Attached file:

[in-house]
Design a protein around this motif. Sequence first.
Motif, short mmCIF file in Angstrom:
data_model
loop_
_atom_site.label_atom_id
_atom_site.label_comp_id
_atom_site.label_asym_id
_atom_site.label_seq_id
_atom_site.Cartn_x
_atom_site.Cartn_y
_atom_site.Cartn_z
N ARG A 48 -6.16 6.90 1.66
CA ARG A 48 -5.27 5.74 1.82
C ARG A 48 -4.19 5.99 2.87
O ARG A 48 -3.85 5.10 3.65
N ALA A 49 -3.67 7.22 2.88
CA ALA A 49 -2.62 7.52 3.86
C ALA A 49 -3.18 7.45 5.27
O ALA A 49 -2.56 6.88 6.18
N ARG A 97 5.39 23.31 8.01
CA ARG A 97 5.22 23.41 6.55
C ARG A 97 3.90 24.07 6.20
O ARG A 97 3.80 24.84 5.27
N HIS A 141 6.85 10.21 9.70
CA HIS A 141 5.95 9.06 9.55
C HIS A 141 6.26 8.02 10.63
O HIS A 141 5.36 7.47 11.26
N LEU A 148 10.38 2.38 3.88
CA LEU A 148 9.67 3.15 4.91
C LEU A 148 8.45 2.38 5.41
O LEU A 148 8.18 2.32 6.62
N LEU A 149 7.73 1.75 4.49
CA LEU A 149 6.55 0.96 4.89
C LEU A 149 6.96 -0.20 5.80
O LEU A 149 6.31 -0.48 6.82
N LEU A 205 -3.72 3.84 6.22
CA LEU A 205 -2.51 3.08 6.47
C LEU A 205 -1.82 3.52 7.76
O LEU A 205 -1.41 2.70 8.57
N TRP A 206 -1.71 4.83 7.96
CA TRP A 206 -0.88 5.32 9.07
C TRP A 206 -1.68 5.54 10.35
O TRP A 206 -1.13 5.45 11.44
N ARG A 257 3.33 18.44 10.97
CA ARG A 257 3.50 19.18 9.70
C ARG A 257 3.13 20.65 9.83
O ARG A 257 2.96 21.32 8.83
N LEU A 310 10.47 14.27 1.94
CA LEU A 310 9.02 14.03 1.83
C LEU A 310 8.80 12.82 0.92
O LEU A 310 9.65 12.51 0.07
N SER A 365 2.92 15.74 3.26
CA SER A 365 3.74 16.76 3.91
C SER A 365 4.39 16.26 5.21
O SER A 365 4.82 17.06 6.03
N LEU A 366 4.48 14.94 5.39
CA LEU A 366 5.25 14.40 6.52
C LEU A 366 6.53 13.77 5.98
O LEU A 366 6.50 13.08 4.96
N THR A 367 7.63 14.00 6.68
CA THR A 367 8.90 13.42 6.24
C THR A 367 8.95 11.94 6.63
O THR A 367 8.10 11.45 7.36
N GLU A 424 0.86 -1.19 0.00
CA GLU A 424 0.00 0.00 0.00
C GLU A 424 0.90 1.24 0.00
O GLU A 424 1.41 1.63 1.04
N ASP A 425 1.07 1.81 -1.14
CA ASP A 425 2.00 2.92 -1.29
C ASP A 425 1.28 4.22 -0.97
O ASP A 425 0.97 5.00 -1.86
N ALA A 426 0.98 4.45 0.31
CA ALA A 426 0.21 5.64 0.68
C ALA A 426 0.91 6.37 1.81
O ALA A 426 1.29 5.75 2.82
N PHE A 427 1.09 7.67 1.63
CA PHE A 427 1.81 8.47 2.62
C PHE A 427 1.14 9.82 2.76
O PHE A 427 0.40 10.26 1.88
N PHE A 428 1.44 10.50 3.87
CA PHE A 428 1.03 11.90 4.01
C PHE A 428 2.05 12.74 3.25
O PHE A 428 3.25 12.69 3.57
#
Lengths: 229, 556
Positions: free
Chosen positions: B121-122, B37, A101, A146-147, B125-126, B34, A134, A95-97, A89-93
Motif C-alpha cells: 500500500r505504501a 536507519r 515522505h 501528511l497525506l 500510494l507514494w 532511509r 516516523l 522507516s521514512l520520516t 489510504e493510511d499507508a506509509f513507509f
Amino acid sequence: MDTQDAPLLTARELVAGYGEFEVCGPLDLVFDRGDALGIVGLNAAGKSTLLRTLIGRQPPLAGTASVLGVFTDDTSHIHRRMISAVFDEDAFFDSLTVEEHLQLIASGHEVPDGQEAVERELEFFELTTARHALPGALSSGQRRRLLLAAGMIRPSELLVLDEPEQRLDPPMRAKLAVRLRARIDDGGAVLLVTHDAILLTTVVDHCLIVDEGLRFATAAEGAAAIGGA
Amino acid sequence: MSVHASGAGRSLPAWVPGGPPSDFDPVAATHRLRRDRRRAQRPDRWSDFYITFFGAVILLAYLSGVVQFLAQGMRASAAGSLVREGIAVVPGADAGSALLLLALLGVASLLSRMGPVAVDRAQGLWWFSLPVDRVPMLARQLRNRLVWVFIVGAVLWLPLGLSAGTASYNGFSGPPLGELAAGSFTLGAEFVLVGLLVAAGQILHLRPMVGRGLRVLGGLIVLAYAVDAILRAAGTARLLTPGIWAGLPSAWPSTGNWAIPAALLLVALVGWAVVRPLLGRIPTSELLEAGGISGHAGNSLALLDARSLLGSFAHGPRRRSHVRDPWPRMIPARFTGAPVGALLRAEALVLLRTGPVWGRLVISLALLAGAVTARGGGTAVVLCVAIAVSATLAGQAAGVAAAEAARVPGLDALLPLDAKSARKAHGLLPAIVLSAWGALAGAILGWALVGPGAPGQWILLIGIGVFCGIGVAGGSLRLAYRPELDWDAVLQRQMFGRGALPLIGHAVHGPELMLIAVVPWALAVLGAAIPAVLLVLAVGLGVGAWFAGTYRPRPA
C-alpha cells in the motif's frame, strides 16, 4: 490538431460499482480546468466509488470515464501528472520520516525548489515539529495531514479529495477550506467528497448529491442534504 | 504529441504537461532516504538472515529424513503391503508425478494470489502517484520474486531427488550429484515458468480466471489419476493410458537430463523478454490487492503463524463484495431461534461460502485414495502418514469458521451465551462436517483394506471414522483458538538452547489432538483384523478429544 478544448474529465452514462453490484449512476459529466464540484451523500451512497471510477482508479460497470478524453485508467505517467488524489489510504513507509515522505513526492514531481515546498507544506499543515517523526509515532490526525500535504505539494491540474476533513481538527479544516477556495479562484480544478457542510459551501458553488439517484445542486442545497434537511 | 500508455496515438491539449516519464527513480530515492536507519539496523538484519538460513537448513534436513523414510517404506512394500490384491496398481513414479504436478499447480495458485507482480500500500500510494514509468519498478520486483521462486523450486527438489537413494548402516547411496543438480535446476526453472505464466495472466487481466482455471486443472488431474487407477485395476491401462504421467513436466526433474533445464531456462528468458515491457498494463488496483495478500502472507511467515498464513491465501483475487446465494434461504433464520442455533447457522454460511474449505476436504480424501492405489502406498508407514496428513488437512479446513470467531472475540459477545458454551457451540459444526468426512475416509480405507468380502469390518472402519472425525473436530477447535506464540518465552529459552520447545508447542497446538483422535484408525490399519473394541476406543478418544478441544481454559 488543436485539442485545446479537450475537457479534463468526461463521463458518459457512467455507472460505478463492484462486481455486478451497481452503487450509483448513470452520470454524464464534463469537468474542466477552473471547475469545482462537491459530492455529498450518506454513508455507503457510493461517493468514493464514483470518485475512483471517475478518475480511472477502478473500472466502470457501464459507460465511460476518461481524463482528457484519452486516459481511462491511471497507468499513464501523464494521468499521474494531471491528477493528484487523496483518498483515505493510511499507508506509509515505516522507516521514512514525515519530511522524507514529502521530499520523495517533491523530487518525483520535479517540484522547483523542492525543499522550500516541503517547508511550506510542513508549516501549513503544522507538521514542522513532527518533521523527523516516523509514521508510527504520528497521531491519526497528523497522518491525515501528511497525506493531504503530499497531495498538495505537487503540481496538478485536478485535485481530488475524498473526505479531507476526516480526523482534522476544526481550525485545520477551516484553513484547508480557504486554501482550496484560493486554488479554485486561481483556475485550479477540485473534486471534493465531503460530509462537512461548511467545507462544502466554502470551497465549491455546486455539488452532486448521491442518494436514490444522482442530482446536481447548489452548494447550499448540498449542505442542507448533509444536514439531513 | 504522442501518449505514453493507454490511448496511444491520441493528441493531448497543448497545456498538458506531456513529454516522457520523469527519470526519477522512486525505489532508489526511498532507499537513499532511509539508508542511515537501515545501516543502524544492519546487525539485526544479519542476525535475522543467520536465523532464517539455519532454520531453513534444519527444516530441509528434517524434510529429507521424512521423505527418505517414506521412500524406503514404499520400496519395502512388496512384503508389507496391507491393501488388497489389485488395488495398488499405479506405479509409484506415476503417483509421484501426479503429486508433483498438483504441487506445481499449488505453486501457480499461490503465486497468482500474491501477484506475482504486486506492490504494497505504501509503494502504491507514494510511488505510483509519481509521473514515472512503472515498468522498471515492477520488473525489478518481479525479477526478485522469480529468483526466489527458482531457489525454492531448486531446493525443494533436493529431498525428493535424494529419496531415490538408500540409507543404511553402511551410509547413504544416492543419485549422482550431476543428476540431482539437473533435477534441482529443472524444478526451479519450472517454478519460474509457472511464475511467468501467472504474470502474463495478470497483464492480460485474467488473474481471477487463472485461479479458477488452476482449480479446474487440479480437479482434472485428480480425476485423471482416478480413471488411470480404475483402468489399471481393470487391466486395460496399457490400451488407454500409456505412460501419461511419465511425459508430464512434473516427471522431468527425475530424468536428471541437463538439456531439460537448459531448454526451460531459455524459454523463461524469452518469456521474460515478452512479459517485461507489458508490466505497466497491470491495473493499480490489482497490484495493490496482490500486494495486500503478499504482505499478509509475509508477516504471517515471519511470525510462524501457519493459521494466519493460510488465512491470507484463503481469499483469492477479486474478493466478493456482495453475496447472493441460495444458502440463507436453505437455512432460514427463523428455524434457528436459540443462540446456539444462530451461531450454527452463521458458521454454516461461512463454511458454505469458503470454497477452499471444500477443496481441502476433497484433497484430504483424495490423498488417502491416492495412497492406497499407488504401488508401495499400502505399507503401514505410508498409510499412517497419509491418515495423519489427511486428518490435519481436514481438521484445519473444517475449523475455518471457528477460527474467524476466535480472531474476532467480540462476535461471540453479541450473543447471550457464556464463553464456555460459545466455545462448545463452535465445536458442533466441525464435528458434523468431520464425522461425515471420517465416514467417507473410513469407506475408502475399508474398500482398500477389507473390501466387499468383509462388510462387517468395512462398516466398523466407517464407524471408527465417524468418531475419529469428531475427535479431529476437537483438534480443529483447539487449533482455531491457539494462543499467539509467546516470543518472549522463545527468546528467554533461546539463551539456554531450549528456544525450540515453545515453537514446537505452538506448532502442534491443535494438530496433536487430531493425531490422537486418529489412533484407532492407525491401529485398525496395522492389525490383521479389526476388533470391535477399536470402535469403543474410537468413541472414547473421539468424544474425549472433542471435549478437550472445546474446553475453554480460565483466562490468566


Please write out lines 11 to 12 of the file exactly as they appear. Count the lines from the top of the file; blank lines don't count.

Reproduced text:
_atom_site.Cartn_y
_atom_site.Cartn_z